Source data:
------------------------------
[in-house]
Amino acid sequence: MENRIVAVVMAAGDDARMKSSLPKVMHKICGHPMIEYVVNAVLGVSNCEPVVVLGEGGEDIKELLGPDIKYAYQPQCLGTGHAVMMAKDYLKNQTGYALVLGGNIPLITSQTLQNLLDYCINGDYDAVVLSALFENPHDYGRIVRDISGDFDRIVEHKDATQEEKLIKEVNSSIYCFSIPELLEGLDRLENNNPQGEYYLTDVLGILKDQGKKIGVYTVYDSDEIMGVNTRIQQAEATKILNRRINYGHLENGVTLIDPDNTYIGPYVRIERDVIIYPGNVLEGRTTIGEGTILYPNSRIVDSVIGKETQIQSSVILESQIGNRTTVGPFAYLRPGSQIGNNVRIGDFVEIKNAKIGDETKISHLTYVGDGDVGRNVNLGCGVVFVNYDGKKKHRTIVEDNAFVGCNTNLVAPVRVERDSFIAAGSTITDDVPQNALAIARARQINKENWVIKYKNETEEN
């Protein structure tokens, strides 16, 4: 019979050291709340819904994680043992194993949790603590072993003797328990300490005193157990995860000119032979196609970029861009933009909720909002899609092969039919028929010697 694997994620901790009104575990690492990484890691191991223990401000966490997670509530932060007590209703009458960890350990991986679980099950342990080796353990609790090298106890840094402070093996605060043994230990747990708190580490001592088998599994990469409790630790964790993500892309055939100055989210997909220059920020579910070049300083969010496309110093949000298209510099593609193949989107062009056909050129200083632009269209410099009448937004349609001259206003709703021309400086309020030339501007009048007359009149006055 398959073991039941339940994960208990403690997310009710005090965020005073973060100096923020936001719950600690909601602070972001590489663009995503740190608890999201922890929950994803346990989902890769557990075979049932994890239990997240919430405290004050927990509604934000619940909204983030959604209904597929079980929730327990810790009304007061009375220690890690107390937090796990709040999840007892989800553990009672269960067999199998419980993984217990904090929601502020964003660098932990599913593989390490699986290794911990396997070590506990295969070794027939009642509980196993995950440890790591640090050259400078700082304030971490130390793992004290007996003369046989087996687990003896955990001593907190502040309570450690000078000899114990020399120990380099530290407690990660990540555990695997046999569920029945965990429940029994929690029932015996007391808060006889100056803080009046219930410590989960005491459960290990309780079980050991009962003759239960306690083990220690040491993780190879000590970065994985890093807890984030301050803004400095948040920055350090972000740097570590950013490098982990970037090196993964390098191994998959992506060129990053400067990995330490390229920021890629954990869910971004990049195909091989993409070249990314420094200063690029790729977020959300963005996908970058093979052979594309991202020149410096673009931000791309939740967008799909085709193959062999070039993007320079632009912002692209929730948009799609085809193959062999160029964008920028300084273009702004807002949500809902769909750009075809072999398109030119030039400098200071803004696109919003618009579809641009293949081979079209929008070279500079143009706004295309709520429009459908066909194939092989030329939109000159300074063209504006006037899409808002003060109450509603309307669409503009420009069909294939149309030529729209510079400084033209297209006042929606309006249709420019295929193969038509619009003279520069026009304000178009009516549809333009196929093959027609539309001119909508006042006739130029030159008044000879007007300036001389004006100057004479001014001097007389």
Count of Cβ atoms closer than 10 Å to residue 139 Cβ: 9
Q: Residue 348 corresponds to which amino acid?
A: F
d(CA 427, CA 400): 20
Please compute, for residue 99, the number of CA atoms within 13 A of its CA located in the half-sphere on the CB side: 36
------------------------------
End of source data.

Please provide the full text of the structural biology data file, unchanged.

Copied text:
[in-house]
Amino acid sequence: MENRIVAVVMAAGDDARMKSSLPKVMHKICGHPMIEYVVNAVLGVSNCEPVVVLGEGGEDIKELLGPDIKYAYQPQCLGTGHAVMMAKDYLKNQTGYALVLGGNIPLITSQTLQNLLDYCINGDYDAVVLSALFENPHDYGRIVRDISGDFDRIVEHKDATQEEKLIKEVNSSIYCFSIPELLEGLDRLENNNPQGEYYLTDVLGILKDQGKKIGVYTVYDSDEIMGVNTRIQQAEATKILNRRINYGHLENGVTLIDPDNTYIGPYVRIERDVIIYPGNVLEGRTTIGEGTILYPNSRIVDSVIGKETQIQSSVILESQIGNRTTVGPFAYLRPGSQIGNNVRIGDFVEIKNAKIGDETKISHLTYVGDGDVGRNVNLGCGVVFVNYDGKKKHRTIVEDNAFVGCNTNLVAPVRVERDSFIAAGSTITDDVPQNALAIARARQINKENWVIKYKNETEEN
């Protein structure tokens, strides 16, 4: 019979050291709340819904994680043992194993949790603590072993003797328990300490005193157990995860000119032979196609970029861009933009909720909002899609092969039919028929010697 694997994620901790009104575990690492990484890691191991223990401000966490997670509530932060007590209703009458960890350990991986679980099950342990080796353990609790090298106890840094402070093996605060043994230990747990708190580490001592088998599994990469409790630790964790993500892309055939100055989210997909220059920020579910070049300083969010496309110093949000298209510099593609193949989107062009056909050129200083632009269209410099009448937004349609001259206003709703021309400086309020030339501007009048007359009149006055 398959073991039941339940994960208990403690997310009710005090965020005073973060100096923020936001719950600690909601602070972001590489663009995503740190608890999201922890929950994803346990989902890769557990075979049932994890239990997240919430405290004050927990509604934000619940909204983030959604209904597929079980929730327990810790009304007061009375220690890690107390937090796990709040999840007892989800553990009672269960067999199998419980993984217990904090929601502020964003660098932990599913593989390490699986290794911990396997070590506990295969070794027939009642509980196993995950440890790591640090050259400078700082304030971490130390793992004290007996003369046989087996687990003896955990001593907190502040309570450690000078000899114990020399120990380099530290407690990660990540555990695997046999569920029945965990429940029994929690029932015996007391808060006889100056803080009046219930410590989960005491459960290990309780079980050991009962003759239960306690083990220690040491993780190879000590970065994985890093807890984030301050803004400095948040920055350090972000740097570590950013490098982990970037090196993964390098191994998959992506060129990053400067990995330490390229920021890629954990869910971004990049195909091989993409070249990314420094200063690029790729977020959300963005996908970058093979052979594309991202020149410096673009931000791309939740967008799909085709193959062999070039993007320079632009912002692209929730948009799609085809193959062999160029964008920028300084273009702004807002949500809902769909750009075809072999398109030119030039400098200071803004696109919003618009579809641009293949081979079209929008070279500079143009706004295309709520429009459908066909194939092989030329939109000159300074063209504006006037899409808002003060109450509603309307669409503009420009069909294939149309030529729209510079400084033209297209006042929606309006249709420019295929193969038509619009003279520069026009304000178009009516549809333009196929093959027609539309001119909508006042006739130029030159008044000879007007300036001389004006100057004479001014001097007389």
Count of Cβ atoms closer than 10 Å to residue 139 Cβ: 9
Q: Residue 348 corresponds to which amino acid?
A: F
d(CA 427, CA 400): 20
Please compute, for residue 99, the number of CA atoms within 13 A of its CA located in the half-sphere on the CB side: 36